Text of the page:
Most people expect demand for flying to grow. Some people believe that is just a fact of life.
But what do we mean by ‘demand’? Certainly, before COVID 19, passenger numbers had been growing fast, but that’s not quite the same thing. The definition of demand in economics is the willingness and ability of a consumer to purchase something. The actual number of passengers is what happens when demand meets the availability and price of flights.
Demand probably has been increasing. A growing population and higher incomes both tend to increase the number of times someone somewhere is willing to book a flight.
But the growth in flying has also been driven by lower prices. UK residents made 73% more visits overseas 2019 than in 1999 – the year that Easyjet first sold more than £1m worth of flights online. Most of the growth in that time was in leisure travel, and it’s not a coincidence that the massive increase in flying has happened since low cost airlines like EasyJet and RyanAir have been on the scene. Low prices enabled all sorts of new flying habits.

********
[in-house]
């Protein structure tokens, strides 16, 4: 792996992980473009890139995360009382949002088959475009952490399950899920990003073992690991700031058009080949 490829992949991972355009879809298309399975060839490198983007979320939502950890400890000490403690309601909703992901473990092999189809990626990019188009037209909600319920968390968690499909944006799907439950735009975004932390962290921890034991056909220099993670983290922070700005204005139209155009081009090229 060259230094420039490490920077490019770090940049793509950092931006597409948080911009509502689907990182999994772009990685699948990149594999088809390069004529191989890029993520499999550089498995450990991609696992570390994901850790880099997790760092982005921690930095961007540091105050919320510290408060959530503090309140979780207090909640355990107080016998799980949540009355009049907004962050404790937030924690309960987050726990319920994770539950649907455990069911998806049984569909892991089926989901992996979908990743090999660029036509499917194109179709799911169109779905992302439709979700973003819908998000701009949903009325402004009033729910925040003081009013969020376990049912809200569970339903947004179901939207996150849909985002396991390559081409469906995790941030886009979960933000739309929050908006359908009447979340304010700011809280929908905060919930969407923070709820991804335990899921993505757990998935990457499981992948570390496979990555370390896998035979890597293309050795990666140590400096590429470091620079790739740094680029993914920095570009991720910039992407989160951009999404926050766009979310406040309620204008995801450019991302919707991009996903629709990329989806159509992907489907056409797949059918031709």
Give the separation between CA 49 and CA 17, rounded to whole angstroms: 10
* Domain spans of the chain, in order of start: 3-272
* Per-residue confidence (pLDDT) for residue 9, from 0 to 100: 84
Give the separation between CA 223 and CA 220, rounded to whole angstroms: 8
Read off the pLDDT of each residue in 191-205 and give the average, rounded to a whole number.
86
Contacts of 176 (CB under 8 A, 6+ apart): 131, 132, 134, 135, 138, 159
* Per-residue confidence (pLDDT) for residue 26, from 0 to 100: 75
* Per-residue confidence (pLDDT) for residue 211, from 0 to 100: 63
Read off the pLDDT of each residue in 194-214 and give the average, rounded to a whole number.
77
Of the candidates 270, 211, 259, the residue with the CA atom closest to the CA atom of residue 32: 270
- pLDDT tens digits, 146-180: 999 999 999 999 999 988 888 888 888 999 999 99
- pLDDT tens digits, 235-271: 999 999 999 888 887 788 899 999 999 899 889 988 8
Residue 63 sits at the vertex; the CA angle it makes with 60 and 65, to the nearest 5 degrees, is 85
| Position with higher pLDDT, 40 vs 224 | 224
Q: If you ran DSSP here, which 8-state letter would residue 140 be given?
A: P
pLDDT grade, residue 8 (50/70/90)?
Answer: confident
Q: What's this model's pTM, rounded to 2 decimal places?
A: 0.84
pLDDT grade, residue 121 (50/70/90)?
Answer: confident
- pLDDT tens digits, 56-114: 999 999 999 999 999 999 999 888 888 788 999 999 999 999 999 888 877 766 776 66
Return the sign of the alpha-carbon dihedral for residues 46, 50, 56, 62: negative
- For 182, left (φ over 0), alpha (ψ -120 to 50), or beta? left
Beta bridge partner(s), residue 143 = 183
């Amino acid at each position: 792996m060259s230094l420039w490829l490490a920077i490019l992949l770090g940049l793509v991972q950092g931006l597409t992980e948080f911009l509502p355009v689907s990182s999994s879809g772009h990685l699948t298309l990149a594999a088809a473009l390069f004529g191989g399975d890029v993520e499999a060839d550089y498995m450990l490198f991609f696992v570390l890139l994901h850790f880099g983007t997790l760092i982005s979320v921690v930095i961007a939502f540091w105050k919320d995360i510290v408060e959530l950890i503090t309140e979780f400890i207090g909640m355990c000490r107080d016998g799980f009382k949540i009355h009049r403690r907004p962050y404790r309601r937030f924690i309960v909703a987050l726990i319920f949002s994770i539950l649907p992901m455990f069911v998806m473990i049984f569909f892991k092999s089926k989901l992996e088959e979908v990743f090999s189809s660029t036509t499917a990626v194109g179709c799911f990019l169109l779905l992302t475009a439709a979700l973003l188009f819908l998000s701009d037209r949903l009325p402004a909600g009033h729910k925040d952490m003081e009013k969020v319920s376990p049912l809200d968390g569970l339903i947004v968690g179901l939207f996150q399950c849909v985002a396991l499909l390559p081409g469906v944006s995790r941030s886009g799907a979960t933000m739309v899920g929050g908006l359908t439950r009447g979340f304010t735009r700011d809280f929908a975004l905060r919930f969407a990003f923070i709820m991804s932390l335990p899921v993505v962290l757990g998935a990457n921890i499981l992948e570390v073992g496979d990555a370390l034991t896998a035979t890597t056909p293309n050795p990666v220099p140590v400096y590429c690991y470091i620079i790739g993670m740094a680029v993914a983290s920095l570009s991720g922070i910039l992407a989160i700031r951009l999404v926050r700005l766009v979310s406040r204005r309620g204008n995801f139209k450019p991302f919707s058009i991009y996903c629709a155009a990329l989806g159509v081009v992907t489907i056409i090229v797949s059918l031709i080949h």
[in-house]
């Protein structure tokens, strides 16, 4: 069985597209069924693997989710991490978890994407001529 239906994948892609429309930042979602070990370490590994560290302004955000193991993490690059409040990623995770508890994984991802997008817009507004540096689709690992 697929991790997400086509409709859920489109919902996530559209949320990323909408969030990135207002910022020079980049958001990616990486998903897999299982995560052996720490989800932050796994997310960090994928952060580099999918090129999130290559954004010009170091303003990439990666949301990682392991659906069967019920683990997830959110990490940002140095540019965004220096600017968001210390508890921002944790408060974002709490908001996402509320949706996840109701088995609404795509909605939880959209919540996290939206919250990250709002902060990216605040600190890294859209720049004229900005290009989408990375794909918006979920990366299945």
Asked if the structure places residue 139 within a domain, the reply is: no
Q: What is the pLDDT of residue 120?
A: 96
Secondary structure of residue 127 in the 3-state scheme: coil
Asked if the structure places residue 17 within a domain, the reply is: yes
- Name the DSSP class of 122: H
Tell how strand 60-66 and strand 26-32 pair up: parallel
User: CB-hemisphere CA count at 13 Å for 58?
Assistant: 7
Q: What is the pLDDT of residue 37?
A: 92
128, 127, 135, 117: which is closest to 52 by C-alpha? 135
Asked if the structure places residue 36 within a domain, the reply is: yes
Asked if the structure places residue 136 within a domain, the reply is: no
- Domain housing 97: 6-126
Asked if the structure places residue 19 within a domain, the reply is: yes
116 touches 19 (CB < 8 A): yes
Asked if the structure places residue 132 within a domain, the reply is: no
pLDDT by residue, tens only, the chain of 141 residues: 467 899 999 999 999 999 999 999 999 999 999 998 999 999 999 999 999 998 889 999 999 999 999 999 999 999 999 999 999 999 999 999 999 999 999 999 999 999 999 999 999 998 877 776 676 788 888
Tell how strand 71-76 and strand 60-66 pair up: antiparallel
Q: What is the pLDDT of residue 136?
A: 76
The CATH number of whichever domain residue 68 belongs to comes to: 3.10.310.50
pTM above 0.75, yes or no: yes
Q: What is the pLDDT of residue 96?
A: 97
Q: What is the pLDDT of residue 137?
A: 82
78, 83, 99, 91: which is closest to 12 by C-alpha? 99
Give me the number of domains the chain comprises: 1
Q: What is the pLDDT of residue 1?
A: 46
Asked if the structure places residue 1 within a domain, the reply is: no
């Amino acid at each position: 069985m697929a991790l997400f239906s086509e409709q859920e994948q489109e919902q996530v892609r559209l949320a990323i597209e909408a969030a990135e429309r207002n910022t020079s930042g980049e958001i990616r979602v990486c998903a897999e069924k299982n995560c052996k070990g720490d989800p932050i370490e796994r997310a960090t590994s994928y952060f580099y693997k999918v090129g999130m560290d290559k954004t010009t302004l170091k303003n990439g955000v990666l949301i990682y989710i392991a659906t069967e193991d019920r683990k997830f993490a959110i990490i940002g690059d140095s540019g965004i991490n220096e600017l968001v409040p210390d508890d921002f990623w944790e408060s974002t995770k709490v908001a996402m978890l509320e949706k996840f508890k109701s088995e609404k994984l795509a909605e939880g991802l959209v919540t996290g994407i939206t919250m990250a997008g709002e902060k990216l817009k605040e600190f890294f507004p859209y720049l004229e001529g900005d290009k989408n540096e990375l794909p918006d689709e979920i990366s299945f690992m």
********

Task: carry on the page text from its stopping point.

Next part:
"It’s not a coincidence that the massive increase in flying has happened since low cost airlines have been on the scene."
Here are some types of flying that people didn’t used to do before low cost airlines. All of these are real examples from people I know.
- Having a lads’ weekend in Prague because once you factor in the price of beer, it’s cheaper than a weekend at home.
- Living in Northern Ireland and commuting to London by air because it’s cheaper than renting a flat in London.
- Organising a hen party in Magaluf because the bars there give you free drinks.
- Choosing to study at university in England because you can commute from your home in Eastern Europe via Luton Airport.
These are all rational choices, when flying is so inexpensive – especially if you don’t think about the impact on the climate.
But what would happen if the price increased? It would make flying less competitive with other forms of transport, sure. But it would also reshape all kinds of choices. I heard recently about someone who was planning to celebrate her parents’ ruby wedding with a family trip to Tenerife. If the flights were a bit more expensive, would they still go? Maybe they would celebrate with a party, a meal at a nice restaurant, or a rose for the garden instead.
"What would happen if the price increased? It would make flying less competitive and reshape all kinds of choices."
So is it really flying that we demand? We demand good times with our families and friends. We demand memorable occasions. We demand access to work and education.